July 27, 2014
Seventh Sunday After Pentecost
Genesis 29:15-28; Psalm 105:1-11, 45C; Romans 8:26-39; Matthew 13:31-33, 44-52
If there is one thing that is true of all human beings, I think it is the search to find meaning in life. We struggle to understand, to explain, to comprehend, to give a reason for the things that happen to us. We especially try to find meaning in our difficulties and in our sorrows, when tragedy or disaster strikes – not just us, but anyone. That search for meaning was at the heart of my work as a hospital chaplain for 15 years, but it is not restricted to the health care arena. The classic question, “Why do bad things happen?” was surely on the lips and in the hearts of the families of something approaching 700 people who died in airplane crashes this week, in Ukraine, Burkina Faso, and Taiwan, as it is on the lips and in the hearts of civilians in both Israel and Gaza, as it has been on the lips and in the hearts of hundreds of Manitobans affected by yet another flood, as it is on the lips and in the heart of the person sitting in the doctor’s office to hear a life-changing or life-threatening diagnosis. The essence of the spiritual journey is the quest for meaning and purpose, and the search for connection beyond oneself.
In these times of struggle and sorrow, one of the explanations that arises is the one contained in Romans 8:28 – “All things work together for good for those who love God.” It is an answer that has been arrived at by many devout Christian people for many hundreds of years. All things work together for good for those who love God.
If this statement is true, it is not always immediately apparent. Someone in the midst of a crisis, someone experiencing a devastating loss, is not necessarily going to conclude that God is doing this for their good! They are more likely to wish that God would leave them alone. It is easy to twist Paul’s assurance into a facile optimism that says everything will turn out all right in the end. So then, we need to ask – in what sense is it possible to say that all things work together for good for those who love God?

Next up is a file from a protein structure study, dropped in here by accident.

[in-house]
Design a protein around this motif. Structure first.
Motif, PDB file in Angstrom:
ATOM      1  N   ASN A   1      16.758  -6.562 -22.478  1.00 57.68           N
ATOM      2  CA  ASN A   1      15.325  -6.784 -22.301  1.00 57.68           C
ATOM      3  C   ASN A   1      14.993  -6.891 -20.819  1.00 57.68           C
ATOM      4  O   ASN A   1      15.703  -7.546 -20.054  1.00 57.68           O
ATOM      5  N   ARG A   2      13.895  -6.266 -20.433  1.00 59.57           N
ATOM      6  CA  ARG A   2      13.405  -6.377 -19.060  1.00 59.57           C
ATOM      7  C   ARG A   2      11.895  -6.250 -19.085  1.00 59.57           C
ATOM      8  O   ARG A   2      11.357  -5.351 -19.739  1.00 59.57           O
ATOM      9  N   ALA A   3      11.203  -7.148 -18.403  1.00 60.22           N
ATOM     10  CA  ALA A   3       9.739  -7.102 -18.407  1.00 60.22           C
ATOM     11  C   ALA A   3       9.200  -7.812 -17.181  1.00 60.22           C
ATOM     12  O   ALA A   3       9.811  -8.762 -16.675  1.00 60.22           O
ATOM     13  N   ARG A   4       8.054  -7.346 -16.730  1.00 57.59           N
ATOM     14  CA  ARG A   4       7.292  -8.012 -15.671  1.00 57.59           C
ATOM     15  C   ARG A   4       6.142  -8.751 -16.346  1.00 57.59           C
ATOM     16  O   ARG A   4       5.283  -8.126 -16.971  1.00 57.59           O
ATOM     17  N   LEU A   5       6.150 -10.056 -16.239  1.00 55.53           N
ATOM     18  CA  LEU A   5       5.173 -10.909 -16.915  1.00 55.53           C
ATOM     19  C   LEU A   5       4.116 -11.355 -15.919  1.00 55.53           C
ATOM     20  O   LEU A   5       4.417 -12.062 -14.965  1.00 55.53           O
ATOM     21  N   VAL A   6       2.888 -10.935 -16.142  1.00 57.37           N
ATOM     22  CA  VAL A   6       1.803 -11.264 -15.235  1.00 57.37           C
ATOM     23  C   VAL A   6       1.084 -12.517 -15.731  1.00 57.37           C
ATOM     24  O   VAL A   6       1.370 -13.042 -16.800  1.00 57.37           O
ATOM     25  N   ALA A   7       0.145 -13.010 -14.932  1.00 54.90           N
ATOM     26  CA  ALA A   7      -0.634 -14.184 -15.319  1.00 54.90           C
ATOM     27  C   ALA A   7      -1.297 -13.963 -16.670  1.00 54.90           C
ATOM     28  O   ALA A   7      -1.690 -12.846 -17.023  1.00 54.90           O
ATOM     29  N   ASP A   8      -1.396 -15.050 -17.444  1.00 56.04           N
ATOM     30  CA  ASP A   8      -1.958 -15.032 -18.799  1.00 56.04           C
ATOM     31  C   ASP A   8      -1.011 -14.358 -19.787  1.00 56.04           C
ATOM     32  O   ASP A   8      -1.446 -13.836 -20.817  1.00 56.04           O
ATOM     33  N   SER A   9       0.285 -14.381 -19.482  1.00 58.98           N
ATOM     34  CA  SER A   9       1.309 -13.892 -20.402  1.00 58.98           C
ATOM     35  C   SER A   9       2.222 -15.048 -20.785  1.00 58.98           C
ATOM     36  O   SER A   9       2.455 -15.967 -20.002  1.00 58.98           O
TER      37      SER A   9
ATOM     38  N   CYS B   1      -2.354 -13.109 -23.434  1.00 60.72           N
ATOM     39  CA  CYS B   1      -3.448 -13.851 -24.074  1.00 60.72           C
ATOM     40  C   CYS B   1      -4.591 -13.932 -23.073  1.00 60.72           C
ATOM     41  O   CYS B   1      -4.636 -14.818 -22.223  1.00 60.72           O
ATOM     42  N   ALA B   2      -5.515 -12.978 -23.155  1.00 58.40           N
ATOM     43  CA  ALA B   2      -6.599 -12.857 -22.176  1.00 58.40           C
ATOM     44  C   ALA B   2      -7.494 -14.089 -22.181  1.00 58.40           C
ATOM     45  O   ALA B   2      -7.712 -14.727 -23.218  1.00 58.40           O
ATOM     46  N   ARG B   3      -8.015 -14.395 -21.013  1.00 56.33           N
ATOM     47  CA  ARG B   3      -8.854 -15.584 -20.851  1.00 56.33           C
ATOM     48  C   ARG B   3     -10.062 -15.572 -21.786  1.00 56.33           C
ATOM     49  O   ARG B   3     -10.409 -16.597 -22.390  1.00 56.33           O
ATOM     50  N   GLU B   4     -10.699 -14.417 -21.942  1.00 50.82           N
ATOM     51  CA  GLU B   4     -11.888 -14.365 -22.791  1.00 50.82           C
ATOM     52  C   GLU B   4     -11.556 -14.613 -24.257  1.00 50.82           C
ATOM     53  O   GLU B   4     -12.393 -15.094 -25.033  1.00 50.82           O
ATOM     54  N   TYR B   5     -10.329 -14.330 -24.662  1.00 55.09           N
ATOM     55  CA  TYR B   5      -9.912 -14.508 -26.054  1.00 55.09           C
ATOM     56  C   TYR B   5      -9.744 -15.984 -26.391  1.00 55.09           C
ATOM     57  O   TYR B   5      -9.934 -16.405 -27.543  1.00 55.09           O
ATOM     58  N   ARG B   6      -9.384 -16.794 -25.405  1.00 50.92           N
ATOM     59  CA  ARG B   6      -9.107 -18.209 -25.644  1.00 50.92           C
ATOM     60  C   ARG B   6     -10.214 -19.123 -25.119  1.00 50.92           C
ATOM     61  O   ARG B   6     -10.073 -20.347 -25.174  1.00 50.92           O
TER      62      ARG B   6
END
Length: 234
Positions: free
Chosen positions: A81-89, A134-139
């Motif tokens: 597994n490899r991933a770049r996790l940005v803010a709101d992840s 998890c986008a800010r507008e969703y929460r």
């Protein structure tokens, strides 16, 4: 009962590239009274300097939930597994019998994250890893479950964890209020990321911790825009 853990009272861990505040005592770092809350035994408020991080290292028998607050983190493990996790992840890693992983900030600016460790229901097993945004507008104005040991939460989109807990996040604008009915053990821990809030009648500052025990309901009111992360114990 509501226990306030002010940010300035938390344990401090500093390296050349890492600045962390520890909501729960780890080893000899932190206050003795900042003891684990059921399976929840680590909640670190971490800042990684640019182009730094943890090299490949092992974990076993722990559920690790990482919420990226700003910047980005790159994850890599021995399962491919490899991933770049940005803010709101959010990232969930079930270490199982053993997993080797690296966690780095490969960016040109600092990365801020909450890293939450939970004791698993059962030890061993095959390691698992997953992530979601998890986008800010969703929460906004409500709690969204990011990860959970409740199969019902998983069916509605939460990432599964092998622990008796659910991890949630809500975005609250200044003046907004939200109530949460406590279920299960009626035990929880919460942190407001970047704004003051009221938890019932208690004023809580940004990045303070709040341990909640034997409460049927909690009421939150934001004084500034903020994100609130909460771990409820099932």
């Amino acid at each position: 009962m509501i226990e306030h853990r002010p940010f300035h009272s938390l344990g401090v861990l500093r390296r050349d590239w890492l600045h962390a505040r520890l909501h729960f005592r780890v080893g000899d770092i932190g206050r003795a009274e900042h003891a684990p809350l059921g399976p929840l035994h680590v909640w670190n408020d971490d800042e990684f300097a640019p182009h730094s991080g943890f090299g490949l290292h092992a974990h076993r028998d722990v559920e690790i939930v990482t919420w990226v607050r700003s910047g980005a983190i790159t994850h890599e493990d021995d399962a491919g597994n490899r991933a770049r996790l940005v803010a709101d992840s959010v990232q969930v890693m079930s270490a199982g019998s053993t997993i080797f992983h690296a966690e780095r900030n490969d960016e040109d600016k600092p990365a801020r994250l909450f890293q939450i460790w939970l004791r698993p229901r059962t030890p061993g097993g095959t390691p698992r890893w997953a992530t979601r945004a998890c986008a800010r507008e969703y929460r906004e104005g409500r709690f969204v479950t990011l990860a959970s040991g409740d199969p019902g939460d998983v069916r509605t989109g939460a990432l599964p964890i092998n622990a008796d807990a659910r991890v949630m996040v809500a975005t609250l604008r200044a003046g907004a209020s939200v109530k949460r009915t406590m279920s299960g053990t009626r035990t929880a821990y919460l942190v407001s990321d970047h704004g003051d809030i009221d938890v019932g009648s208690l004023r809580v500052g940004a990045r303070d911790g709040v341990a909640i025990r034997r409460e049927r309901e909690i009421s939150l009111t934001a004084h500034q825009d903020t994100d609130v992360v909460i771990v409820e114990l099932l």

Paul himself was no stranger to suffering. In his missionary work, he endured great hardship. To be a Christian was both difficult and dangerous. A few weeks ago, we heard Paul very realistically describe his situation: “I do not understand my own actions. I can will to do what is right, but I cannot do it. For I do not do the good I want, but the evil that I do not want is what I do.” Paul is equally realistic about the condition of the universe. In last week’s excerpt he stated, “The universe was subjected to futility.” His words sound oddly contemporary – “The whole universe has been groaning in labour pains until now. We also, as part of the created order, groan inwardly while we wait for God to set us free.” Paul speaks vividly and with personal knowledge of the suffering, the transitoriness, and the infirmities of human existence and of the Christian life.
Yet, mixed in with the acknowledged pain, stress, and anxiety is a persistent hope that will not go away. The hope of redemption, the hope of transformation, the hope of vindication keeps breaking through. We wait in hope for our full adoption. We have the Spirit as a pledge and a foretaste, or installment, of that adoption – the Spirit that enables us to call on God as our Abba, our Papa. Even creation is to be set free from its bondage to decay and will enter the freedom of the glory that belongs to God’s children. Paul’s words fit right in with care of creation.